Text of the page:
What can we say? The idea of carrying a foot pump in your saddlebag, top box, side bag or whatever isn't exactly appealing. These devices are usually pretty feeble and flimsy when miniaturised, and are generally unacceptably bulky when you've got something worth shelling out for. But the people marketing this "Bikers Dream Mini Foot Pump" reckons that it's "an essential addition to any rider's roadside repair kit." We're further advised that this device is ideal for everyone from commuters to tourers, especially those who travel to far flung places, etc. Additionally, this pump is claimed to be more accurate than many garage forecourt gauges, and it saves "the hassle of having to carry change or deal with fiddly tokens." You can decide how much of this you want to swallow, and for all we know it's a great little pump. Maybe we're just footpumpophobic or something. [More...]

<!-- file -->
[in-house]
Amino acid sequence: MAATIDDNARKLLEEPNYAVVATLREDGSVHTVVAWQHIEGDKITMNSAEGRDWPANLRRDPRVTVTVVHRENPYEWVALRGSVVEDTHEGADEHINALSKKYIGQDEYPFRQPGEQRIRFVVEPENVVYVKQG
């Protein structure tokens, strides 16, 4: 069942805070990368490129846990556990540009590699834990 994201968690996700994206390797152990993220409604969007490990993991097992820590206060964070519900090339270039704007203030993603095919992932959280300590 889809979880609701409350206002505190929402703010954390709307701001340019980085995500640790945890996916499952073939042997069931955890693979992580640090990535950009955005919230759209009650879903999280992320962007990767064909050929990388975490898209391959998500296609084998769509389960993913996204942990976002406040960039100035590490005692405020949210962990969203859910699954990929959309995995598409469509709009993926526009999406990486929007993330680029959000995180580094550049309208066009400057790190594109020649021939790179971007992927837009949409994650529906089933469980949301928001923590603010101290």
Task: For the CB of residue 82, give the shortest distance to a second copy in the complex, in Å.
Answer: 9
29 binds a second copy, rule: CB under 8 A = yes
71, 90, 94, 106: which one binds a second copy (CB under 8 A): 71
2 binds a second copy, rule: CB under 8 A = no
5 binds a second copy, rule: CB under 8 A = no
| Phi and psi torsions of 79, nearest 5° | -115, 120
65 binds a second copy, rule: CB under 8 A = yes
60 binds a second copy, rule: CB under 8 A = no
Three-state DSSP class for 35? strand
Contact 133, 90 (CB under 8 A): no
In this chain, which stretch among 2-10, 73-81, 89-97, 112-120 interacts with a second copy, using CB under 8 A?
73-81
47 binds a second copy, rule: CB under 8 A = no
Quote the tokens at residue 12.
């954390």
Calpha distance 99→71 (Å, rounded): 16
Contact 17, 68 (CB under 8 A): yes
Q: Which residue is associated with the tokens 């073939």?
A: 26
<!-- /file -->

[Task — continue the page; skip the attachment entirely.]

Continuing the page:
Kawasaki Triples Bible
It ain't new, but it is new in paperback. Written by motorcycle author and journalist Alastair Walker, this tome on Kawasaki's classic two-stroke triples manufactured between 1968 and 1980 was first published in 2010 in hardback. But now Veloce Publishing has taken another bite of the cherry and has produced this "soft" version. But between the sheets, this book isn't soft at all. Instead, it's a pretty hard-nosed insight into everything from the seminal H1 500 series through to the KH250s through to the KH400s. And there's an interesting insight into the models that preceded the triples. The book's full title is: KAWASAKI TRIPLES BIBLE. And it's easy to see that for many riders, the content will be akin to a religious experience. We should confess that we've had very little direct experience of these motorcycles. But if we were in the market for an oily threesome, we'd probably start right here with this publication. Even at first glance it looks pretty convincing.